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Research Shows These Smells are Attracted to Mosquitoes

by Julie Howard

How scary is being bitten by a mosquito? In addition to unbearable itching, there are risks of contracting diseases such as dengue fever, yellow fever, Zika virus, and chikungunya, so we must be careful to prevent it.

Mosquitoes are one of the disease vectors, so be careful in the wild. (Photo via Pixabay.com)

Miami, FL (Merxwire) – Have you ever wondered why some people are more susceptible to mosquito bites and others are not? According to new U.S. research showing that mosquitoes are attracted to certain odors, particularly body odors produced on some people’s skin, scientists may have an answer.

Four hundred million people worldwide are infected with the dengue virus yearly through the bites of Aedes aegypti mosquitoes. In addition to dengue fever, they also transmit viruses such as yellow fever, Zika virus, and chikungunya fever. Human blood is a “protein-rich food,” and mosquitoes are one of the few insects that like the taste of human blood. Fortunately, only female mosquitoes can bite humans. Scientists have discovered that human blood’s adenosine triphosphate (ATP) can drive mosquitoes crazy. Researchers from Rockefeller University in New York said that people with high ATP levels on their skin are more likely to be bitten by mosquitoes. The results of this study were published in the journal Cell.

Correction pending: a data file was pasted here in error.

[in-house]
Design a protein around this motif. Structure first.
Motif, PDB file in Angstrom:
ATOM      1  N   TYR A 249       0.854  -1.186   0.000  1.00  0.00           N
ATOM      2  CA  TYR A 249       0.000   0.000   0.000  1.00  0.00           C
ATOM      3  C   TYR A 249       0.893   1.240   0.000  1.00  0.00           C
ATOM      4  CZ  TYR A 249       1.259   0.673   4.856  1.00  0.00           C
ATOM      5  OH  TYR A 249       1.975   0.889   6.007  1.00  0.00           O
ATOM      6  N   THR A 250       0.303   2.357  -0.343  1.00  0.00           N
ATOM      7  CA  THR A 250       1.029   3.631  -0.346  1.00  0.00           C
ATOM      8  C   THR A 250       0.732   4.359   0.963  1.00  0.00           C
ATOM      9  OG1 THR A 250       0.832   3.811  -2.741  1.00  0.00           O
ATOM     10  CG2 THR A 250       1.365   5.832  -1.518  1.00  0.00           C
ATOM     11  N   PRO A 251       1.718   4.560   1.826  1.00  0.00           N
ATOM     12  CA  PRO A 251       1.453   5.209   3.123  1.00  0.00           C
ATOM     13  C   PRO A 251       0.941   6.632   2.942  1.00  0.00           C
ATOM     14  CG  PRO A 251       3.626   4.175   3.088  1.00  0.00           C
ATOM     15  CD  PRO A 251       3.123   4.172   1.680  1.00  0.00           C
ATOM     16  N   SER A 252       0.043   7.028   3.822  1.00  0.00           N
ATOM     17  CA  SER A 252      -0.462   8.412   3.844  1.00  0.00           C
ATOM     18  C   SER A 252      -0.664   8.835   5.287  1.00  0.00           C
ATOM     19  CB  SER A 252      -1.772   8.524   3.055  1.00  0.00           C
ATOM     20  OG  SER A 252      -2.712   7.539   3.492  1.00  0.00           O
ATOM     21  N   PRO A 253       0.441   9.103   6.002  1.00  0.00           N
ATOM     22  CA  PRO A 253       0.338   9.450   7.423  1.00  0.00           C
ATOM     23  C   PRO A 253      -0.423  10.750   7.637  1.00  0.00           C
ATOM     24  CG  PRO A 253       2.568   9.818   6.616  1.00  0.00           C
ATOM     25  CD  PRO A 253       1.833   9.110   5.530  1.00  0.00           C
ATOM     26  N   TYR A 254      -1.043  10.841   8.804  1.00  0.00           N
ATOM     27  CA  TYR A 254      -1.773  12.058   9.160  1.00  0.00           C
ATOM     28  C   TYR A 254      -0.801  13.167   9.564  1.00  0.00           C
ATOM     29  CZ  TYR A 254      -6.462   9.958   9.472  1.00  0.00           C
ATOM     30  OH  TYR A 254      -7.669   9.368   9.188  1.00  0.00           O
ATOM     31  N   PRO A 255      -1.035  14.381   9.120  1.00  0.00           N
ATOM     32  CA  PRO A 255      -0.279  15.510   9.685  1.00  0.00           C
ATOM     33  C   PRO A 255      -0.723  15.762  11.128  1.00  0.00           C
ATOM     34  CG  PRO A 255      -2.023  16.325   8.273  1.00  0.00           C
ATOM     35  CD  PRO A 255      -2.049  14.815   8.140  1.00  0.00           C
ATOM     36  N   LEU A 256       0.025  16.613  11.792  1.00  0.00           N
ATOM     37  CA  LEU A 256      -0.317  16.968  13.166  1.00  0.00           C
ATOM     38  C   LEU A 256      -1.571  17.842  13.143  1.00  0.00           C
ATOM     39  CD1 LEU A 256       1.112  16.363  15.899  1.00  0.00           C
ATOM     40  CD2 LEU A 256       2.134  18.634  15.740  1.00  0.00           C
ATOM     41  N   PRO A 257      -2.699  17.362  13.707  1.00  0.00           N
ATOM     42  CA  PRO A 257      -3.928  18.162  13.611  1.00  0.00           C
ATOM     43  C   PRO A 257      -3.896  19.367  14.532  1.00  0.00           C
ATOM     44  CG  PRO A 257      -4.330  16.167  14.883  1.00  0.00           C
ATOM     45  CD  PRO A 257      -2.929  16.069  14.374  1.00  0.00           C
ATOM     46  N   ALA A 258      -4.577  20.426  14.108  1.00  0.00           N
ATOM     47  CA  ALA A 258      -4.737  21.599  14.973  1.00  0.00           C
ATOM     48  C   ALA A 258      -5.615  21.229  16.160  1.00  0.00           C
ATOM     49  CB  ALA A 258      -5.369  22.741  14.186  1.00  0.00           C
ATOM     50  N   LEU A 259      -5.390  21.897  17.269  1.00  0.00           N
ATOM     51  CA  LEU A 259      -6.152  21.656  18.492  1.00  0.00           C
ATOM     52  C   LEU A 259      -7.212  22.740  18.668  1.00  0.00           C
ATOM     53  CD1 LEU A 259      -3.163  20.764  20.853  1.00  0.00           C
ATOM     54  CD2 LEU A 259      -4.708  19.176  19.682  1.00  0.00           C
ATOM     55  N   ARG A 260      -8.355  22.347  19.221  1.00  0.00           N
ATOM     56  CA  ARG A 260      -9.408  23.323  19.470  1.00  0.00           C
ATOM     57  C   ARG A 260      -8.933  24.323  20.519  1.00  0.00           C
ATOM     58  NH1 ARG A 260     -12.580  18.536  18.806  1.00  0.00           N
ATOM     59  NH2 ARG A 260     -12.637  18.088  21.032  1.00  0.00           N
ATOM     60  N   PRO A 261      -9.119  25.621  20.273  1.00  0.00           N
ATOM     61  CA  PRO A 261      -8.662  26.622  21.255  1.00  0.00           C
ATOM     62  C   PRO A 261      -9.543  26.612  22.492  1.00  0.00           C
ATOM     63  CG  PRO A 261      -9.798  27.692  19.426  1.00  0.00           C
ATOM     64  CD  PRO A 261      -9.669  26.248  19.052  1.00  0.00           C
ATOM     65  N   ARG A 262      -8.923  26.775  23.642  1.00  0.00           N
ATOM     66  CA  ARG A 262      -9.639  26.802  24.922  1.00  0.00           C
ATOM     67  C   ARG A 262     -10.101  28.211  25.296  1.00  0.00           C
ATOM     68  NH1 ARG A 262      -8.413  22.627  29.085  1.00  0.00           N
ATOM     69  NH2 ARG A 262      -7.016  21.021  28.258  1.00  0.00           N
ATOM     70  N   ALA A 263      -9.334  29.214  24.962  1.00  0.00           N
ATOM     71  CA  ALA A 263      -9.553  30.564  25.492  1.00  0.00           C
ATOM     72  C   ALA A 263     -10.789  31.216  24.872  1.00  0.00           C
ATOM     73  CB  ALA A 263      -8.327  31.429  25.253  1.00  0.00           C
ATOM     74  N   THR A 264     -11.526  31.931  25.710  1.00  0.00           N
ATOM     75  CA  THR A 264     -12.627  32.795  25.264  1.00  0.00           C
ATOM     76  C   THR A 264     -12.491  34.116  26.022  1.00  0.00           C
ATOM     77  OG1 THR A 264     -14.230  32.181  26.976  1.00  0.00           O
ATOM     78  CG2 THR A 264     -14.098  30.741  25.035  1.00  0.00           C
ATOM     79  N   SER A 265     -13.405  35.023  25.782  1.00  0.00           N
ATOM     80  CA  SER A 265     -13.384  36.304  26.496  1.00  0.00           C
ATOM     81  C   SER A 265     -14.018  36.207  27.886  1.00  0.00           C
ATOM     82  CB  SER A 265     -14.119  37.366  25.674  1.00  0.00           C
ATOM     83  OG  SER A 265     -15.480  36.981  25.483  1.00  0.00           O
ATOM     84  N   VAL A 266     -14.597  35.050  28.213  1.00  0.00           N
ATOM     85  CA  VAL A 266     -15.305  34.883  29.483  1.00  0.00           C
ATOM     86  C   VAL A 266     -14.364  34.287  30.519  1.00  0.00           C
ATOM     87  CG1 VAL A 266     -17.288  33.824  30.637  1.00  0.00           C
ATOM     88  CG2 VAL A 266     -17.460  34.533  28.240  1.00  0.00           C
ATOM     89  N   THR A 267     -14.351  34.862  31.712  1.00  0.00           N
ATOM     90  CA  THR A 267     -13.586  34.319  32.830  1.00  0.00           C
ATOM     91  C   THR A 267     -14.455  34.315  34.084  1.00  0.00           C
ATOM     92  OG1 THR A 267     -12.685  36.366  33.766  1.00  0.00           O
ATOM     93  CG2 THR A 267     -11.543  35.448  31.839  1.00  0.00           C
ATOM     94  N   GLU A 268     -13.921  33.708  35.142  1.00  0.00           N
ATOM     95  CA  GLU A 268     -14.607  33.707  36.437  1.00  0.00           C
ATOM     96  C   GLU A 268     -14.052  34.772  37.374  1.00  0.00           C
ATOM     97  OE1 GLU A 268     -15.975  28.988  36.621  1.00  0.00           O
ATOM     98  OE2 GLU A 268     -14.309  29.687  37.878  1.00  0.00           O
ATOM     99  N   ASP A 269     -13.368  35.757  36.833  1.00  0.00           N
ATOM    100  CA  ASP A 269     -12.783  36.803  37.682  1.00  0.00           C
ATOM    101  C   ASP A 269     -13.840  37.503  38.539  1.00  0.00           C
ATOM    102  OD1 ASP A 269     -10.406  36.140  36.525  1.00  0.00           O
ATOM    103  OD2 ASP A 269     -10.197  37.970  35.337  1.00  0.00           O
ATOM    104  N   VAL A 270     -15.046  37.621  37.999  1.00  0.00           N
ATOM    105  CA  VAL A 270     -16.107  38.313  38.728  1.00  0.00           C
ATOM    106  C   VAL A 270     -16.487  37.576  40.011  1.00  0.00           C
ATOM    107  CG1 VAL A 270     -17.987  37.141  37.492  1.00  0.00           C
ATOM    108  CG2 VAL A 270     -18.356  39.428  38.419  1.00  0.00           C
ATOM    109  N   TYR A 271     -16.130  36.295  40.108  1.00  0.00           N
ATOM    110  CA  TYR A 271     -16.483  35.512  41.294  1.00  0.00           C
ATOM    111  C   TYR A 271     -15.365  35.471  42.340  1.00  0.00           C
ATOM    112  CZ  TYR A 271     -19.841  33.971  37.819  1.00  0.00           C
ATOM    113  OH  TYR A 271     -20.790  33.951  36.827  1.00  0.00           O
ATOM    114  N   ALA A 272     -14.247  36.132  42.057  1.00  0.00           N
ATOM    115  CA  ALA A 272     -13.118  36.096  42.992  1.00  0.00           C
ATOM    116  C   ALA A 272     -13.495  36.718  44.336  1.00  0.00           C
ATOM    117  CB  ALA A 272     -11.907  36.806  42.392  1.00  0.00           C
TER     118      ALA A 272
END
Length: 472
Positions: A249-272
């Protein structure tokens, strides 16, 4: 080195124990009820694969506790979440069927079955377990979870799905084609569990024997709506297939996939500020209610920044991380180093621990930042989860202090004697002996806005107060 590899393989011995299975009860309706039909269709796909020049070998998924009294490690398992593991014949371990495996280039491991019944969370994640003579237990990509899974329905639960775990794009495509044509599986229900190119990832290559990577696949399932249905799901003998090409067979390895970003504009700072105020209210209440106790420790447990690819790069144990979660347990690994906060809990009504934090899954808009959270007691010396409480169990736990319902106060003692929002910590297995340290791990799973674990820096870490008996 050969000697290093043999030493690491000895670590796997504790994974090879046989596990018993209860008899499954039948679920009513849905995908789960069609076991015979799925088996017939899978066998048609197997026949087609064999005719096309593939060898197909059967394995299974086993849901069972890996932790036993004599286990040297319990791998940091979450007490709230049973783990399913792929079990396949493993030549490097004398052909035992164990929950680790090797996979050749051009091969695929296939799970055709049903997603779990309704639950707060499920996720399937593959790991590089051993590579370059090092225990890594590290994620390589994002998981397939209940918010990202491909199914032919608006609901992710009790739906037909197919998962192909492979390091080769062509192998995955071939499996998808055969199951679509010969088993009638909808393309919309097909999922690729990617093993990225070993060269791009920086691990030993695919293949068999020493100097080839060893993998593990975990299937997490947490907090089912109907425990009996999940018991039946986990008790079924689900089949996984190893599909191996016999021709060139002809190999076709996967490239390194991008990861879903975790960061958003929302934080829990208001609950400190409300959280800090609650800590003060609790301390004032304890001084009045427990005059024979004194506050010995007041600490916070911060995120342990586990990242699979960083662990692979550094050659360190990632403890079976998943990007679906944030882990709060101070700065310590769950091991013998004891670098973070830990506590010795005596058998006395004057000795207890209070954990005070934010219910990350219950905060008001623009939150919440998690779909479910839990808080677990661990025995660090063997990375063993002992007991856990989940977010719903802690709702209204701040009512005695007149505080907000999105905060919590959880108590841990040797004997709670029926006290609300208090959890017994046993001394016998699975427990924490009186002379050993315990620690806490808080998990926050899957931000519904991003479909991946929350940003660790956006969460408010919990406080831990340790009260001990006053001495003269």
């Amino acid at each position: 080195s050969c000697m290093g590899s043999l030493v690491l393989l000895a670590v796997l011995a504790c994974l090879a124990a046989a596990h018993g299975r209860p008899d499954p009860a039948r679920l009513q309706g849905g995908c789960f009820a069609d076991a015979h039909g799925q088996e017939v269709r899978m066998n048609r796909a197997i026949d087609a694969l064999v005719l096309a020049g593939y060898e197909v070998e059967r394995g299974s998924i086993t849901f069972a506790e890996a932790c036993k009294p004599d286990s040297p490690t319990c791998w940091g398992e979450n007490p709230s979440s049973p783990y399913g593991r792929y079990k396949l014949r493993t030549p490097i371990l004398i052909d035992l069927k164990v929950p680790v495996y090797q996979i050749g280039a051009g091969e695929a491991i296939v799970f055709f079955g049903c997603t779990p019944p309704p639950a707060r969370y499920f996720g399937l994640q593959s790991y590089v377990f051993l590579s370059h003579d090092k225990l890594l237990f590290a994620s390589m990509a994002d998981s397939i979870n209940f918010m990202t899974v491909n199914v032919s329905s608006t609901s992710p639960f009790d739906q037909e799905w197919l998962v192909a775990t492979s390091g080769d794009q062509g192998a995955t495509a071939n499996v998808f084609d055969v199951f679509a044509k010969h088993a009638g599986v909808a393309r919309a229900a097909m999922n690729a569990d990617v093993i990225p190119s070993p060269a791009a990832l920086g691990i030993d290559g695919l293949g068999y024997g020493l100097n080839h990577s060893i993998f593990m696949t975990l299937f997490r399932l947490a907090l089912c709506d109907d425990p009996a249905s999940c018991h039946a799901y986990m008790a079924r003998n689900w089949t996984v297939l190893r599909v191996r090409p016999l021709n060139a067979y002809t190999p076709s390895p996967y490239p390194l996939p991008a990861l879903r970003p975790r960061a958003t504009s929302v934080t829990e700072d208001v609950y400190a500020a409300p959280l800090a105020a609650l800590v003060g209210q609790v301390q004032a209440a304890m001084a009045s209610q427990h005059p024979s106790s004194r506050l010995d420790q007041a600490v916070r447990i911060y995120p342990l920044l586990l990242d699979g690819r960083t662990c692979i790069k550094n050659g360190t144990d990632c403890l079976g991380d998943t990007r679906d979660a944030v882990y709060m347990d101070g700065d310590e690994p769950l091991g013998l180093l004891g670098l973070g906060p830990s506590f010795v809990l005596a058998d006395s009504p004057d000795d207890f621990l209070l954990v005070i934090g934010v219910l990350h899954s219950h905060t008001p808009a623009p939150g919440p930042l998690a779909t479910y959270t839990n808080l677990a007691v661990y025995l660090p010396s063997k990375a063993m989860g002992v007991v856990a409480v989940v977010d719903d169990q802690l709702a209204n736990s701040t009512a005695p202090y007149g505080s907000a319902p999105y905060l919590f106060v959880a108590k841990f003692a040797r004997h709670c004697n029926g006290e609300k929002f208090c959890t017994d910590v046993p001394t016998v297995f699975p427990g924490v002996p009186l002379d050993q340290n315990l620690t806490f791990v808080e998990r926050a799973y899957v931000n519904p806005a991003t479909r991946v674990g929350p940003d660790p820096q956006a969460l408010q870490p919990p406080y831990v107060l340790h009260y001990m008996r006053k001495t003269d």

In a three-year study, scientists had 64 subjects wear nylon on their arms to cover the scent, but no matter what scent was added to distract the mosquitoes, the mosquitoes continued to return to the same scent. The reason is speculated to be higher levels of carboxylic acid in the skin, produced via sebum. It interacts with bacteria in our bodies, creating an odor that smells like stinky cheese. And this special-smelling substance will change people’s attraction to mosquitoes.

If you are often the victim of mosquito hordes, don’t worry too much. Now, scientists have found a solution. New research in the United States shows that changing soap can help scare away mosquitoes. When humans use soap to wash their hands or bodies, researchers say that more than 60% of the odors smelled after bathing come from soap smells rather than natural body odors. Bathing with certain soap scents may change the way mosquitoes treat you. This research was published in the journal iScience.

Research shows these smells are attracted to mosquitoes. (Photo via Pixabay.com)

The researchers used four kinds of soaps to conduct experiments. They invited four volunteers to use four soaps with different flavors to bathe, collected their other body odors before and after bathing, and then observed how the mosquitoes would choose. It was found that soaps with floral and fruity scents tended to be more attractive to mosquitoes, but soaps with coconut scents were less attractive to mosquitoes.

Previous studies have shown that coconut oil has mosquito-repellent effects, similar to coconut-scented soap. Researcher Clément Vinauger, assistant professor at Virginia Tech and State University, said in response to the experimental results that the smell of soap helps attract or repel mosquitoes. Still, the scent of soap combined with each person’s unique body odor can produce Different chemical changes, so it is recommended that you try soaps with different scents and do not rely solely on smell and brand to judge the effect.

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